Rodgers and Hammerstein’s “Cinderella,” originally written for television in 1957, is colorful, odd, kitschy, and absolutely perfect for a stage musical. In fact, it’s kind of surprising that no one thought to turn it into one until last year when the show, with book by Douglas Carter Bane, hit Broadway. In line with its mission of bringing world-class theatre to North Carolina, DPAC wasted no time in bringing this fun and fabulous production to the Triangle.
Featuring a charmingly rustic woodland-style set by Anna Louizos as the backdrop, the classic story unfolds with one fun twist after another. This is not the Disney version of the story or even the one that most Americans grew up hearing. Instead, it more closely follows Charles Perrault’s French rendition of the story. The stepsisters aren’t completely evil- just a little misguided, and Cinderella doesn’t just helplessly lose her slipper on the palace steps. No, as a powerful woman capable of making decisions for herself, she leaves it there to set her Prince’s plan in motion- a much better message to send to young female viewers. There are also political messages as well, and the story as a whole is smarter and more adult than other versions.
The cast, under the direction of Mark Brokaw, strikes a careful balance between playing to the fantasy/princess/fairytale elements of the story and delivering the show’s more bitingly funny lines with gusto. The result is a performance that’s enjoyable for both adults and children.
Paige Faure’s Cinderella is as funny and witty as she is adorable while Andy Jones’ Topher (the prince) is equally endearing. He plays up the character’s tendency to sometimes be…less than astute for laughs while still stunning the audience with his powerful singing voice. Even evil Madame, with her super-shrill voice, is fun to hate thanks to Beth Glover’s spirited performance while the not-so-evil stepsisters bring vibrancy to their roles as well. Ashley Park lets Gabrielle’s hidden sweet side shine, and Aymee Garcia is easily the funniest in the cast as fat, bossy Charlotte who always speaks her mind.
The real standout of the cast is Kecia Lewis’ Marie aka the fairy godmother. From the moment she makes her magical transformation, she captivates her audience. She adds humor to each of her songs and also has a wonderfully kind, rich, no-nonsense quality about her that makes her perfect for the role.
With Lewis and the rest of its stellar female cast (the males hold their own too!), this version of Cinderella is an empowering, modern one and provides a nice break from the standard fairytale fare.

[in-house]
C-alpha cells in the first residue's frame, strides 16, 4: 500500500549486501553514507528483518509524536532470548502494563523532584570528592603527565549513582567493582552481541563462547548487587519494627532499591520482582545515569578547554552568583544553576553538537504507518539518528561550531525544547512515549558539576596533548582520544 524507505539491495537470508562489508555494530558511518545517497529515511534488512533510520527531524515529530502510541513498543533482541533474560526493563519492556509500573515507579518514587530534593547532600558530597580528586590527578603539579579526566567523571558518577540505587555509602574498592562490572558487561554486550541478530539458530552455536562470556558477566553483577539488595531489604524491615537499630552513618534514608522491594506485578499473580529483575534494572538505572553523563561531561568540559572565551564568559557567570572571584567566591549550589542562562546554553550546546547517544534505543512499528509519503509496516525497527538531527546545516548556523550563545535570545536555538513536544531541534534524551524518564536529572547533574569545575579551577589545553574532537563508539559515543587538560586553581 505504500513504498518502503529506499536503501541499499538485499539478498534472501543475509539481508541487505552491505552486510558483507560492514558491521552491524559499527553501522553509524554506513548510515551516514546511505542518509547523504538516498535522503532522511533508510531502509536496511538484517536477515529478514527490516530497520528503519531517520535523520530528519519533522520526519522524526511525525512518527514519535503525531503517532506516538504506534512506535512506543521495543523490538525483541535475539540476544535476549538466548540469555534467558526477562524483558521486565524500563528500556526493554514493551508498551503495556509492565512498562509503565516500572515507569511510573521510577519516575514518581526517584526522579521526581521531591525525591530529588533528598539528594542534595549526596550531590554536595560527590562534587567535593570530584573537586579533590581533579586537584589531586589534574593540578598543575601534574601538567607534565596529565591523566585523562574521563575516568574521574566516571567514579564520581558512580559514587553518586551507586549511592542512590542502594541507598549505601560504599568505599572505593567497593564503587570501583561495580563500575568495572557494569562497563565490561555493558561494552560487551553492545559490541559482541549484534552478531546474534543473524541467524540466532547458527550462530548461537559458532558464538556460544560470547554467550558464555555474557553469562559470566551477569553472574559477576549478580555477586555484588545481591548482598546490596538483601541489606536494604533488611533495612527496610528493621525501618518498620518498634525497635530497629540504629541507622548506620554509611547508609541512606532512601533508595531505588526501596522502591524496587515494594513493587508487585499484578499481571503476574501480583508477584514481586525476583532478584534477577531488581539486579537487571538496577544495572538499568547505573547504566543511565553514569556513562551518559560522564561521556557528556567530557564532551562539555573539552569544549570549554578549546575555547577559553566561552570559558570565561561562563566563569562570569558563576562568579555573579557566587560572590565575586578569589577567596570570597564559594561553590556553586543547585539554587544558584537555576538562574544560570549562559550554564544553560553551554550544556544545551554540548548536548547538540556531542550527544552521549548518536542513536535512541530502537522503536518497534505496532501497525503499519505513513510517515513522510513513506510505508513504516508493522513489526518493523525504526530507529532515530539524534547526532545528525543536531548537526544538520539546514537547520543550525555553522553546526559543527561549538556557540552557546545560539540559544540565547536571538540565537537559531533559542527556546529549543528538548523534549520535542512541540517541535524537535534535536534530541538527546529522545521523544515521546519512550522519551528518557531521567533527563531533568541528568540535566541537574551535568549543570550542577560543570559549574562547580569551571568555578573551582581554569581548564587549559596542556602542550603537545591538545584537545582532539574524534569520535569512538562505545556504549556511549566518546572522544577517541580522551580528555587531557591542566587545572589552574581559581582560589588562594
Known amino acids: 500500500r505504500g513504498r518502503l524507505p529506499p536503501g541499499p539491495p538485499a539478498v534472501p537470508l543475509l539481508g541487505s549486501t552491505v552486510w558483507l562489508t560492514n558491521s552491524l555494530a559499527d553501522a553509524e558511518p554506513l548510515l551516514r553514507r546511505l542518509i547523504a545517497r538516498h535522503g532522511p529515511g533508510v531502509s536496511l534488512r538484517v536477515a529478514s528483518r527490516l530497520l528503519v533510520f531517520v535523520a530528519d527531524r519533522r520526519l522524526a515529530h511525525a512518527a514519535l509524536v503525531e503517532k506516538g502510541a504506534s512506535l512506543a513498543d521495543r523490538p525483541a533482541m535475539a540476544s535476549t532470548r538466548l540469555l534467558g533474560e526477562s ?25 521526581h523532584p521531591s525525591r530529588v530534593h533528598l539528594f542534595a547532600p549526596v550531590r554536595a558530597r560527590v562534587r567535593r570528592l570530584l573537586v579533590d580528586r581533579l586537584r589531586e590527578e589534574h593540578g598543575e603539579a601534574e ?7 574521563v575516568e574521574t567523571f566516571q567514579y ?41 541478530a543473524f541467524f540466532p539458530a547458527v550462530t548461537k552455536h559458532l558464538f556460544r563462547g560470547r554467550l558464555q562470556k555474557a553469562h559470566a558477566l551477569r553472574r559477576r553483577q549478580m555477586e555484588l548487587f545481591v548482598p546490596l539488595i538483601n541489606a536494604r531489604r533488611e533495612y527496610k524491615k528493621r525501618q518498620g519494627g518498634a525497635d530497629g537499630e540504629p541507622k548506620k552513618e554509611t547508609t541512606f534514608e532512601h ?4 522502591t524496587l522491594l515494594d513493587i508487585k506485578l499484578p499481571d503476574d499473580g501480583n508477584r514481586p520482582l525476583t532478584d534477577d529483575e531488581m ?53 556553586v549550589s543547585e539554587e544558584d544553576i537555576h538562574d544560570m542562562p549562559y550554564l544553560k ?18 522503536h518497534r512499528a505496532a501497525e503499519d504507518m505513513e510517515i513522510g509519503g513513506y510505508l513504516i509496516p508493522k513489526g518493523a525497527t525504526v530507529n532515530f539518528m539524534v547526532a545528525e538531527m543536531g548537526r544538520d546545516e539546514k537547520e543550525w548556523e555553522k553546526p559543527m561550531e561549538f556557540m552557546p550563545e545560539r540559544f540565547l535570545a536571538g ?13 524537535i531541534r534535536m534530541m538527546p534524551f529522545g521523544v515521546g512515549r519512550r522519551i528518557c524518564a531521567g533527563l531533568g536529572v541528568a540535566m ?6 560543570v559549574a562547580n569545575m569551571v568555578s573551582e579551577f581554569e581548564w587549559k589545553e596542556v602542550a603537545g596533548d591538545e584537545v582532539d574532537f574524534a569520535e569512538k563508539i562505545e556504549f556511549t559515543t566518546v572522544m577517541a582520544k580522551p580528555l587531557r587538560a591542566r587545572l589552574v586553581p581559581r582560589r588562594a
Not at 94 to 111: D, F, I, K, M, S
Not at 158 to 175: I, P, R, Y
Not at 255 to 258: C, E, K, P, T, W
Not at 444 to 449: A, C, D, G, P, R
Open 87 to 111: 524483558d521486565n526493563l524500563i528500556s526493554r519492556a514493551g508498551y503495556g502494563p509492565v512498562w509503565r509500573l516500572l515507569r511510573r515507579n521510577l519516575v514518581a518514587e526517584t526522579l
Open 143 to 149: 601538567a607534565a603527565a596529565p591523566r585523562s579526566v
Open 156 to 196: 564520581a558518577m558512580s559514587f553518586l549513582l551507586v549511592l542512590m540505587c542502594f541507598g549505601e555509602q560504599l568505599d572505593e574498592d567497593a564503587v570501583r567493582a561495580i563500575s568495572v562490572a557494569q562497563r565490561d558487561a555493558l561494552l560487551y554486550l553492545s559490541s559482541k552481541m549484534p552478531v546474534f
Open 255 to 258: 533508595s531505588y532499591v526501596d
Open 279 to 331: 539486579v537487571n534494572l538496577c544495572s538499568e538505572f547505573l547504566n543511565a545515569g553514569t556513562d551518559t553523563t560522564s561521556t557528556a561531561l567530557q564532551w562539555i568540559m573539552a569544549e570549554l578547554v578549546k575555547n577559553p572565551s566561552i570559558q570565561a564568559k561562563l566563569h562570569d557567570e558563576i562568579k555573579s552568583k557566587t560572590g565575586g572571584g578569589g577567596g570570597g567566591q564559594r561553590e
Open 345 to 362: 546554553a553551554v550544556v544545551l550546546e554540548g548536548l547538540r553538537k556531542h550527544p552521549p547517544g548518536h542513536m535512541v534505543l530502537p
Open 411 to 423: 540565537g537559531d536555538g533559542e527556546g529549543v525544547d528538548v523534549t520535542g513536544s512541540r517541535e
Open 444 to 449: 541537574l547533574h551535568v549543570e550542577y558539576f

Rodgers + Hammerstein’s CINDERELLA (Durham Performing Arts Center, Nov. 18-23 in Durham.
SHOW: http://www.dpacnc.com/events/detail/cinderella and https://www.facebook.com/events/252484121602980/.
VIDEO PREVIEWS: http://www.youtube.com/channel/UCNAbN8okfj7QbQxdD_eNhEw and http://www.youtube.com/watch?v=20rEbtqnMcQ.
STUDY GUIDE: http://www.cinderellaonbroadway.com/files/educationguide.pdf. THE TOUR: http://www.cinderellaonbroadway.com/tour/.
TOUR CAST: http://cinderellaonbroadway.com/Playbill_CastList_Website.pdf.
TOUR CREATIVE TEAM: http://www.cinderellaonbroadway.com/castandcreative#creative.
SUNTRUST BROADWAY SERIES: http://www.dpacnc.com/suntrust-broadway-series.
PRESENTER/VENUE: http://www.dpacnc.com/, https://www.facebook.com/DPACNC, https://twitter.com/DPAC, and http://en.wikipedia.org/wiki/Durham_Performing_Arts_Center.
Rodgers & Hammerstein’s Cinderella (1957 television musical): http://www.rnh.com/show/22/Cinderella (Rodgers & Hammerstein Organization) http://en.wikipedia.org/wiki/Cinderella_%28musical%29 (Wikipedia).
Richard Rodgers (New York City composer, 1902-79): http://www.rnh.com/bio/175/Rodgers-Richard (Rodgers & Hammerstein Organization bio), http://www.ibdb.com/person.php?id=8323 (Internet Broadway Database), and http://en.wikipedia.org/wiki/Richard_Rodgers (Wikipedia).
Oscar Hammerstein II (New York City lyricist and librettist, 1895-1960): http://www.rnh.com/bio/154/Hammerstein-II-Oscar (Rodgers & Hammerstein Organization bio), http://www.ibdb.com/person.php?id=7965 (Internet Broadway Database), and http://en.wikipedia.org/wiki/Oscar_Hammerstein_II (Wikipedia).
Rodgers + Hammerstein’s Cinderella (2013 Broadway musical): http://cinderellaonbroadway.com/ (official Broadway website), http://www.ibdb.com/show.php?id=493253 (Internet Broadway Database), and http://en.wikipedia.org/wiki/Cinderella_%282013_Broadway_production%29 (Wikipedia).
Douglas Carter Beane (New York City playwright and screenwriter): http://www.ibdb.com/person.php?id=407150 (Internet Broadway Database) and http://en.wikipedia.org/wiki/Douglas_Carter_Beane (Wikipedia).
Mark Brokaw (director): http://www.ibdb.com/person.php?id=85204 (Internet Broadway Database) and http://en.wikipedia.org/wiki/Mark_Brokaw (Wikipedia).
Josh Rhodes (Broadway and tour choreographer): http://www.joshrhodes.co/ (official website) and http://ibdb.com/person.php?id=71545 (Internet Broadway Database).
Susie Potter is a Raleigh, NC-based freelance writer and editor. She is a 2009 graduate of Raleigh’s Meredith College, where she majored in English. She holds graduate degrees in teaching and American literature from North Carolina State University in Raleigh. In addition to her work for Triangle Arts and Entertainment, she is an award-winning author of short fiction. Her works have appeared in The Colton Review, Raleigh Quarterly, Broken Plate Magazine, Big Muddy: A Journal of the Mississippi River Valley, the Chaffey Review, and Existere. To read all of Susie Potter’s Triangle Arts and Entertainment articles and reviews, click http://triangleartsandentertainment.org/author/susie-q/. To read more of her writings, click http://www.susiepotter.com and http://www.myspace.com/susiepotter.